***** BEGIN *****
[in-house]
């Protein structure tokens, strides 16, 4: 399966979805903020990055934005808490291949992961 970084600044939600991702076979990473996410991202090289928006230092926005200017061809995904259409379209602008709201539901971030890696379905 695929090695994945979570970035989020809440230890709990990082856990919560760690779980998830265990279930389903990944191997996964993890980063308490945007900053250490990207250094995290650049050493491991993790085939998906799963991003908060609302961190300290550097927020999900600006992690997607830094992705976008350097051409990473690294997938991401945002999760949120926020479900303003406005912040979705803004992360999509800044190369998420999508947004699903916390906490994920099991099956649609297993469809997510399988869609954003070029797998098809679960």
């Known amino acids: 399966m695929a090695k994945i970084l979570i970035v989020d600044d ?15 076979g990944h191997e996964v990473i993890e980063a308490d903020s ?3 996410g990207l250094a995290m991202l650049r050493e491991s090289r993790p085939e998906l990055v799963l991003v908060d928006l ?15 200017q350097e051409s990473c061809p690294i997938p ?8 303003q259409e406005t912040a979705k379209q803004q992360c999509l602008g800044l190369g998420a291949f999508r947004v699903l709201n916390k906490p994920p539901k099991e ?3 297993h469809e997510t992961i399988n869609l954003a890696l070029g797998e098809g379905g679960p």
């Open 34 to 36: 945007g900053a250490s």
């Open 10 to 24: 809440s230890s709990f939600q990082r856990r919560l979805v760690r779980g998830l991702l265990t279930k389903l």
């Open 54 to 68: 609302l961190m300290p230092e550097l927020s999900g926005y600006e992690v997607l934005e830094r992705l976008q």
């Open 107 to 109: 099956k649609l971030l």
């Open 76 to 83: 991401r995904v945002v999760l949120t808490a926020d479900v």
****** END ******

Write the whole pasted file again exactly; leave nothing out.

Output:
[in-house]
């Protein structure tokens, strides 16, 4: 399966979805903020990055934005808490291949992961 970084600044939600991702076979990473996410991202090289928006230092926005200017061809995904259409379209602008709201539901971030890696379905 695929090695994945979570970035989020809440230890709990990082856990919560760690779980998830265990279930389903990944191997996964993890980063308490945007900053250490990207250094995290650049050493491991993790085939998906799963991003908060609302961190300290550097927020999900600006992690997607830094992705976008350097051409990473690294997938991401945002999760949120926020479900303003406005912040979705803004992360999509800044190369998420999508947004699903916390906490994920099991099956649609297993469809997510399988869609954003070029797998098809679960």
């Known amino acids: 399966m695929a090695k994945i970084l979570i970035v989020d600044d ?15 076979g990944h191997e996964v990473i993890e980063a308490d903020s ?3 996410g990207l250094a995290m991202l650049r050493e491991s090289r993790p085939e998906l990055v799963l991003v908060d928006l ?15 200017q350097e051409s990473c061809p690294i997938p ?8 303003q259409e406005t912040a979705k379209q803004q992360c999509l602008g800044l190369g998420a291949f999508r947004v699903l709201n916390k906490p994920p539901k099991e ?3 297993h469809e997510t992961i399988n869609l954003a890696l070029g797998e098809g379905g679960p």
């Open 34 to 36: 945007g900053a250490s």
């Open 10 to 24: 809440s230890s709990f939600q990082r856990r919560l979805v760690r779980g998830l991702l265990t279930k389903l």
């Open 54 to 68: 609302l961190m300290p230092e550097l927020s999900g926005y600006e992690v997607l934005e830094r992705l976008q």
């Open 107 to 109: 099956k649609l971030l």
């Open 76 to 83: 991401r995904v945002v999760l949120t808490a926020d479900v």